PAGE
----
Hypertension, affects one in every three people in the United States; it causes
or worsens severe health concerns like heart disease, stroke, kidney disease and diabetes; and it’s nearly symptomless until the damage to arteries and the body is done. That’s a big problem! But it is a problem with a solution and part of that
is finding out what's normal and what's not.
So what’s normal? What is considered high? And what do the numbers mean? Normal blood pressure is less than 120/80, with 120 representing the systolic pressure, or the pressure of your
blood against the walls of your arteries when your heart beats, and 80 representing diastolic pressure, or pressure between heart beats. Anything over 120/80 is considered prehypertensive and hypertension begins at 140/90. Medications are prescribed and recommended
for blood pressures starting at 139/89.
If you’ve heard the words “high blood pressure” in your doctor’s office, the time to make important lifestyle changes has come. If you’re prehypertensive, these lifestyle changes
can help reverse the rise.
Philip Krause, MD, Cardiologist and Director of the Section of Cardiology at NorthShore’s Skokie
Hospital, shares his recommendations for simple changes to make now:
worry about your blood pressure levels? How do you keep it in check?
Heart disease is the leading cause of death in the United States for both men and
women. Each year, approximately 600,000 people will die of heart disease, nearly half of them women. And yet many still believe that heart disease is a man’s disease. It’s not.
There are some possible differences, however, between men and
women when it comes to heart disease. Brian Shortal, MD, Cardiologist at NorthShore, discusses these differences and the heart disease
risk factors that are the same for everyone:
Age. Men are considered at cardiovascular risk starting at 40. Women, on the other hand, are considered at cardiac risk starting at 50. That does not mean that women under the age of 50 have
no risk for heart disease, so any symptoms should not be disregarded. The incidence of heart disease between men and women equalizes around 65, and studies then show that women actually begin to surpass heart disease events in comparison to men.
Symptoms. Typically, men exhibit more classic cardiac symptoms, including pain across the chest that radiates down the arms, back and jaw, and shortness of breath. Women might display more atypical symptoms like nausea, vomiting, dizziness
and syncope (fainting/temporary loss of consciousness). In fact, the most common symptom in women over 80 is not chest pain but shortness of breath.
Risk Factors. The risk factors are the same for both men and women. The major
risk factors for coronary artery disease are hypertension, high cholesterol, diabetes, smoking, family history of heart disease, obesity and a sedentary lifestyle. If you think you might be at risk, see your physician for more information.
you know your risk for heart disease?
Heart disease is the number one cause of death in both men and women, but, for men, on average, high blood pressure starts earlier and heart attacks occur earlier. Men, it’s time to be more proactive about your own health! Whatever your age, it’s never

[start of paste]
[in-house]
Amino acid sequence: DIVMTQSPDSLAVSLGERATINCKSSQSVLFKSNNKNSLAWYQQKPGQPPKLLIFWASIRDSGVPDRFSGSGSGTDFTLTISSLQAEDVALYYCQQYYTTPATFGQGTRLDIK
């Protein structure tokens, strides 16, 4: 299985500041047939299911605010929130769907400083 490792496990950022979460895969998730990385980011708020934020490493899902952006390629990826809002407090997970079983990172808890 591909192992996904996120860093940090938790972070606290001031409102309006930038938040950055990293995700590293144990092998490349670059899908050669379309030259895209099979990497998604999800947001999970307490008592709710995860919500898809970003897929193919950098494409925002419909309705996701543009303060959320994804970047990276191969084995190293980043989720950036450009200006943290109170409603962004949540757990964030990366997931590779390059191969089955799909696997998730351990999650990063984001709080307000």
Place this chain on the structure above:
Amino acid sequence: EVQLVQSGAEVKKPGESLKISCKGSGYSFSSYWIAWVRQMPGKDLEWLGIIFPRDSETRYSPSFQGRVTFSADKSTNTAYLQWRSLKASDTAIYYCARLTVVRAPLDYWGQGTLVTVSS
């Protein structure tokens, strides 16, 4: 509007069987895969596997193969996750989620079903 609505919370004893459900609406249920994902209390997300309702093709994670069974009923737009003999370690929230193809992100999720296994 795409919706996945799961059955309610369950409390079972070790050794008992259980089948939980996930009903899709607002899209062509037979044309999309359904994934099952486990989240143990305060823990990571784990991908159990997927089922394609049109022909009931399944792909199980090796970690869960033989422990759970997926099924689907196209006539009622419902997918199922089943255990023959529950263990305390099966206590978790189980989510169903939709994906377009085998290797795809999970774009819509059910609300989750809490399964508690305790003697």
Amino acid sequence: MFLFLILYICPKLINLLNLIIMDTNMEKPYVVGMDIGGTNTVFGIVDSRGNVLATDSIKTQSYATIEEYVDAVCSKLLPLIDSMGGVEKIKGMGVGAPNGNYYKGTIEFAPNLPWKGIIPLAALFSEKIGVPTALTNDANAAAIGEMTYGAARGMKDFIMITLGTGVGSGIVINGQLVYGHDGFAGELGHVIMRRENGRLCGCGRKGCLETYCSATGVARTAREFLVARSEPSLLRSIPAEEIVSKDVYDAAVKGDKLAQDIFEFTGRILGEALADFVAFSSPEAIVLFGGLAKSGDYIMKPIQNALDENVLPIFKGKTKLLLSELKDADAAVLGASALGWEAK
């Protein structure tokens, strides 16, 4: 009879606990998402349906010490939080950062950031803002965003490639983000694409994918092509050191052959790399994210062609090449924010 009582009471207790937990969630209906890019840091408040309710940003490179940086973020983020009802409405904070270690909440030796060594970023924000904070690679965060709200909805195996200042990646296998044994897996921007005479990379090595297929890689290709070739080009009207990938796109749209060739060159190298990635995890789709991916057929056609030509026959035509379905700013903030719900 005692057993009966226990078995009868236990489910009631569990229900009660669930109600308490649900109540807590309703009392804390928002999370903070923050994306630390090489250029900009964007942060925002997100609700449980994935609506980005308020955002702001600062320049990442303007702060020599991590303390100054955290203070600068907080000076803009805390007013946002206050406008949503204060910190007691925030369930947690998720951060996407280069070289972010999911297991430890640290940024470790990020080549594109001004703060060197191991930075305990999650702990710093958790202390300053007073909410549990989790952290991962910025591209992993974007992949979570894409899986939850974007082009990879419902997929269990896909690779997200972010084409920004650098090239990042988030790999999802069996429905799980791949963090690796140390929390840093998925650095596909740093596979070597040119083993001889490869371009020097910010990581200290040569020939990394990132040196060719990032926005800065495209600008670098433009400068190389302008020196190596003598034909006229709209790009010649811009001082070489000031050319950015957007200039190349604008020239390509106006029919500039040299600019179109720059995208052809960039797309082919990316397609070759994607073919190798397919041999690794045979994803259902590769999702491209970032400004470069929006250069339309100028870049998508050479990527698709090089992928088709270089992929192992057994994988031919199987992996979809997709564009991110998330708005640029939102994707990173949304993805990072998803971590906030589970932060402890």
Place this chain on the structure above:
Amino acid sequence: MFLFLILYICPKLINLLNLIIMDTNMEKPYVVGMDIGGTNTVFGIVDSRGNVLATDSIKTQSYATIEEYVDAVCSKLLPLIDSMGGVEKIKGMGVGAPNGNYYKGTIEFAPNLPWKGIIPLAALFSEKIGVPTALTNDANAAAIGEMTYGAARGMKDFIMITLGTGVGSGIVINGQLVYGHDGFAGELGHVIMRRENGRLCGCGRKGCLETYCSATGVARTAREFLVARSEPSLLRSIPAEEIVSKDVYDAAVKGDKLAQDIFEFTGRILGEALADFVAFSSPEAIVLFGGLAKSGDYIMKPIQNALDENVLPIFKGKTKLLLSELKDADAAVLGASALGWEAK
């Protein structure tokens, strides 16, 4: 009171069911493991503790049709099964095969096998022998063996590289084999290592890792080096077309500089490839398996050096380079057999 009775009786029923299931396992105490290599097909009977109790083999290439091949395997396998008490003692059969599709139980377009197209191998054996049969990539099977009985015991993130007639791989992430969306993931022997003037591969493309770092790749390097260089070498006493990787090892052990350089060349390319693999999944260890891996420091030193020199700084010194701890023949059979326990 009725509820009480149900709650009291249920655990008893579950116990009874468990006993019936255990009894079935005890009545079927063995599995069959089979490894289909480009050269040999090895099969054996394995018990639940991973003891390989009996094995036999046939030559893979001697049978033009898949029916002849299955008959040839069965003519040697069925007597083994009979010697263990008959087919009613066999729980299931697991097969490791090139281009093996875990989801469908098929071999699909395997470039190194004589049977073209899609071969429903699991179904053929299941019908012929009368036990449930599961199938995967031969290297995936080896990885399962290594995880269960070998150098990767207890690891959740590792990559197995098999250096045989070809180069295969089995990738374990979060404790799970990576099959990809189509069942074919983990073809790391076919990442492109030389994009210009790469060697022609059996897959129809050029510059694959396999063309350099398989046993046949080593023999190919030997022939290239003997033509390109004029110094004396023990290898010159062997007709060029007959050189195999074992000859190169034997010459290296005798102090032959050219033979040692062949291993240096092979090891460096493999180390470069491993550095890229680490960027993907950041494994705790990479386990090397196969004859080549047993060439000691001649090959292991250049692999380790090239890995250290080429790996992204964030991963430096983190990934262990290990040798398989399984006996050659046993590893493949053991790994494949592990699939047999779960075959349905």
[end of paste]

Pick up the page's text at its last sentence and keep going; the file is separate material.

too early to start taking better care of your heart.
The experts at NorthShore University HealthSystem have created an infographic that explores some surprising facts related to heart disease in men, including how their heart health compares to that of women. Click on the image below to view the
full infographic and also learn how you can begin to improve the condition of your heart with simple men’s health tips.
October is Breast Cancer Awareness Month, and one fact many of us may not be aware of is that breast cancer can affect both women and men. Men, just like women, have breast tissue, thus making it possible to also develop breast cancer. Breast cancer is not
very common in men, and most men who are diagnosed with it do not develop it until they are older (50 to 60 years of age). However, younger men can also develop breast cancer, making it very important to identify signs and symptoms. The incidence of breast
cancer in men is very low. Yet, a strong family history of breast cancer, particularly in younger family members, increases the risk of breast cancer in men. In patients with a BRCA genetic mutation, the age of diagnosis is younger. If present, the lifetime
risk of developing breast cancer in a man is approximately 6%.
David J. Winchester, MD, Breast Surgeon at NorthShore, identifies what men should look for to determine breast cancer:
Breast cancer is often diagnosed at later stages in men. If you notice any of the signs listed above, plan to reach out to your physician for evaluation.
Are you surprised that breast cancer affects men? What other information would you want to learn about on the topic?
It's the start of Men’s Health Week and Father’s Day is just around the corner. This makes it a perfect time to think
about the health of the men in your life (and your own!). Making simple changes to your daily habits may help reduce your risk for illness and other medical conditions.
Matthew Plofsky, MD, Family Medicine Physician at NorthShore, recommends the following five tips for promoting health and wellness:
What do you do to promote healthy habits? Have you changed your routine recently in an effort to be healthier?